"War Head" poses these questions directly through the captured Secret subjected to questioning by the Japanese government. Japan is a kind of ambivalent power in Eureka Seven AO, simultaneously acting as the regional bully to the now-independent Okinawa and being bullied in turn by the United States and the international organs (i. e. Generation Blue) it controls. It has its own rogue agenda, which Ao (standing in for the series at large) can't agree with, but isn't comfortable with violently opposing either. In this case, they're the first to jump on the possibility offered up by Eureka's words, quickly producing evidence to support her .
There is, then, at this point a certain ambiguity to accepting the Secrets as allies. The Secret that Japan holds is the most human one we've seen yet, and is even identified as "human type", allowing for a level of anthropomorphic identification that would have been impossible with the more geometric Secrets. But its design still suggests something jagged and hostile, essentially mechanical instead of living -- which is an interesting contrast to the mecha, which are anthropomorphized machines and which we can identify with much more.
But for all the sympathy for the devil, at the end of the day there's still fighting to be done. After a fairly talky episode there's another Secret attack, and the piedpiper team feels as though they have no choice but to fight it. This is, however, a battle where we no longer know what the stakes are. And this would seem to lead to the downfall of the conventional action narrative -- instead of coming up with a cunning plan to defeat the Secret, Ao is crushed and hospitalized, without putting up much of a fight.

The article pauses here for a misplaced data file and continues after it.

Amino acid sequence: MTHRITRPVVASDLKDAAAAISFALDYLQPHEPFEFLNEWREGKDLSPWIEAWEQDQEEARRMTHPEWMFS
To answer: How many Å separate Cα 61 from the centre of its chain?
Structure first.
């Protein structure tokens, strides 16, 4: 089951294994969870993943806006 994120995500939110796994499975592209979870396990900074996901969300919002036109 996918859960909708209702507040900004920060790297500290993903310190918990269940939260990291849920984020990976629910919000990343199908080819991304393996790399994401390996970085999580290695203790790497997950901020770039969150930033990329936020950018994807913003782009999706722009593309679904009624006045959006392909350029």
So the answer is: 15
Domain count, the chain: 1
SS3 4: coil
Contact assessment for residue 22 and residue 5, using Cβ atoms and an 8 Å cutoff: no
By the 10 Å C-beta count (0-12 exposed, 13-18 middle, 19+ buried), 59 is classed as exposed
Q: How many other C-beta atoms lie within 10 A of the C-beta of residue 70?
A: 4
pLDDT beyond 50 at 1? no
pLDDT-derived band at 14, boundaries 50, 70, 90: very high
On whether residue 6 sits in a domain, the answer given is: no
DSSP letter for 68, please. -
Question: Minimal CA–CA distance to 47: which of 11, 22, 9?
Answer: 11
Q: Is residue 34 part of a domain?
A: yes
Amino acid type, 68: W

As evidenced by my previous entry on it, I'm currently re-watching Martian Successor Nadesico, and in its second half it poses a question similar to the one being considered here. It's easy to acknowledge a change in the situation, but how do you change the way you narrate the world around you? In particular, how do you change from a combative, warlike narrative to something more constructive? This is a question that the characters have to face as well as the viewers. I've mentioned before that this shift of enemies is a common mid-series plot twist, but what separates the wheat from the chaff is whether this is just a changing of the gaurd, with a new ultimate evil to prove oneself against, or something more thoughtful.
The battle against the Secret does not go as planned. Ao does his usual heroics, but instead of saving the day he's crushed and hospitalized. The scene is shot effectively enough that, even though it's episode 15 of 26 and his name's in the title, I momentarily thought Ao might actually be dead. Later, we learn that this kind of one-on-one combat is becoming outdated. Generation Bleu has gathered the Quartz in their satellite and is clearly preparing for a massive winner-take-all battle. The closest paralell would be the shift from the "heroic" wars of the 19th centuries to the industrial-scale carnage of World War I. The old narratives, it appears, will not do us any good.
Still, despite both the work in the first half of the episodes to make the Secrets more ambiguous and my general misgivings about the series, when Nirvash is flying through the sky and that triumphant music starts playing, it's hard not to feel drawn into the battle. Action scenes are propaganda at their finest, transfiguring violence into spiritual uplift. And that's ultimately what makes transitions like this so difficult. How can we create new narratives when the old narratives still seem like so much fun?
Next week: "That's a lot of flannel to be choking down, even for Bigfoot."
I don't usually comment on things like this, but the speed with which the translation device was built and its perfect functionality stretches plausibility even for a very soft SF show like this one.